Cardinals star Fitzgerald speaks of unlikely friendship with Sen. McCain

  • Nick Celario

As I’ve come to understand, especially from a previous column I wrote, there are some people who believe sports and politics don’t mix.

But throughout history, perhaps more notably with recent events between the NFL and He Who Must Not Be Named (referencing Harry Potter’s Lord Voldemort, of course), there are occasions in which it’s just unavoidable.

The paths between the two intertwine. Sometimes, for the better. Sometimes, for the worse.

This time, though, I’m happy to write about an instance that is for the better.

Services were held for Sen. John McCain on Thursday in Phoenix, who died Saturday at the age of 81 after battling brain cancer.

It was reported a crowd of about 3,500 gathered to honor the Republican senator, former presidential candidate and Vietnam War POW.

Among those who spoke during McCain’s service, including former Vice President Joe Biden and his longtime chief of staff Grant Woods, was Arizona Cardinals star receiver Larry Fitzgerald.

It was reported McCain was an avid follower of Arizona sports and became friends with many athletes in the area. It was also reported that former Arizona Diamondbacks outfielder Luis Gonzales and former Arizona Coyotes forward Shane Doan served as pallbearers.

Fitzgerald spoke fondly of McCain, calling him an “authentic American hero.”

He spoke of their improbable friendship despite several differences. Humorously, he cited a few differences.

“I’m black, and he was white. I’m young. He wasn’t so young. He lived with physical limitations brought on by war. I’m a professional athlete,” Fitzgerald said, drawing laughs from the crowd. “He ran for president. I run out of bounds. He was the epitome of toughness, and I do everything I can to avoid contact. I have flowing locks, and well, he didn’t. How does this unlikely pair become friends? I’ve asked myself this same question.”

He then spoke of what bonded them together.

“He didn’t judge individuals based on the color of their skin, their gender, their backgrounds, their political affiliations or their bank accounts. He evaluated them on the merit of their character and the content of their hearts,” he said. “He judged them on the work they put in and the principles they lived by. It was this approach to humanity that made Sen. John McCain so respected by countless people around the world, including me.”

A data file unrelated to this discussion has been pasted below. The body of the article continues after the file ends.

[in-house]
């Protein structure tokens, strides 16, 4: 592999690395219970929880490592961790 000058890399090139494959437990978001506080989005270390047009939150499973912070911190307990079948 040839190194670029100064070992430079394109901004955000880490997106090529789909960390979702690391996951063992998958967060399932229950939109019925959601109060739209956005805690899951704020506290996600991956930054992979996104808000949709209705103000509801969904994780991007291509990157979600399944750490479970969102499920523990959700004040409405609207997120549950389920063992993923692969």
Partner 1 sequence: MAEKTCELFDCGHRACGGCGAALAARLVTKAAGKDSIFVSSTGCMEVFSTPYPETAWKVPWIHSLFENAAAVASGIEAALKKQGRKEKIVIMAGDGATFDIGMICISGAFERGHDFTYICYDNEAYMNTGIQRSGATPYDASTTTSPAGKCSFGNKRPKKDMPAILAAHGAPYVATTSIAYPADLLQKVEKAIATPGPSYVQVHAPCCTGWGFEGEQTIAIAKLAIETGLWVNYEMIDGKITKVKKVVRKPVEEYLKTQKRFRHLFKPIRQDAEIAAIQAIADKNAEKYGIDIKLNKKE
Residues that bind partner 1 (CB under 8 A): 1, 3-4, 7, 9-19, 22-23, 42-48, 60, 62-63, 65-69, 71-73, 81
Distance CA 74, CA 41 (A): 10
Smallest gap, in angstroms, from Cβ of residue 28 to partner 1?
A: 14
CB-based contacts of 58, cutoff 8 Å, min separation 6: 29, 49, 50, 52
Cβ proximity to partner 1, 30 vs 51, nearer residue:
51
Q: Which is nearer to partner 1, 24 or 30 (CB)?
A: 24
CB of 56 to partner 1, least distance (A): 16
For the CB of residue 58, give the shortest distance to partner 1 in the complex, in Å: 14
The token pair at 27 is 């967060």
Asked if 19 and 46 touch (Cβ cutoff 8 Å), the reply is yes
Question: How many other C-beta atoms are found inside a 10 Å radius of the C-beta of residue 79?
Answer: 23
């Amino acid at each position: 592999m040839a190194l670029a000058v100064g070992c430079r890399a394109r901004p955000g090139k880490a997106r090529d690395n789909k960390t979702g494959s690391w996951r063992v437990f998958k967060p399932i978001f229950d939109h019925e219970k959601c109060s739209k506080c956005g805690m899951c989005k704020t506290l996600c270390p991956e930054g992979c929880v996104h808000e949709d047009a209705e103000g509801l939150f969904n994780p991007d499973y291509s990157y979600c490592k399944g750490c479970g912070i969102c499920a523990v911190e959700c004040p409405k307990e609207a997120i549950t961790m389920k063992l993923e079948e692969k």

Through various stories I’ve read and videos I’ve watched, McCain was described as a political giant, a maverick in the Republican Party and will be remembered for his mixed bag of good and bad deeds throughout his career as a senator.

But among the things I’ve come across on the Interwebs was a resurfaced video from his presidential run in 2008 that went viral, in which he defended his opponent — then-Illinois senator and eventual president-elect Barack Obama — in front of constituents during a town hall meeting in Minnesota.

After a woman said she couldn’t trust Obama and called him an “Arab,” McCain abruptly took the mic from her and said, “No, ma’am. He’s a decent family man, citizen, that I just happen to have disagreements with on fundamental issues. And, that’s what this campaign is all about. He’s not. Thank you.”

This was possibly the defining moment of which Fitzgerald talking about when he spoke of McCain.

It’s the kind of stuff the sports world and the political world can use more of, whether they are separate or one in the same depending on the subject matter.

It’s the kind of stuff that could benefit all of us.


Nick Celario, sports writer, can be reached at 245-0437 or


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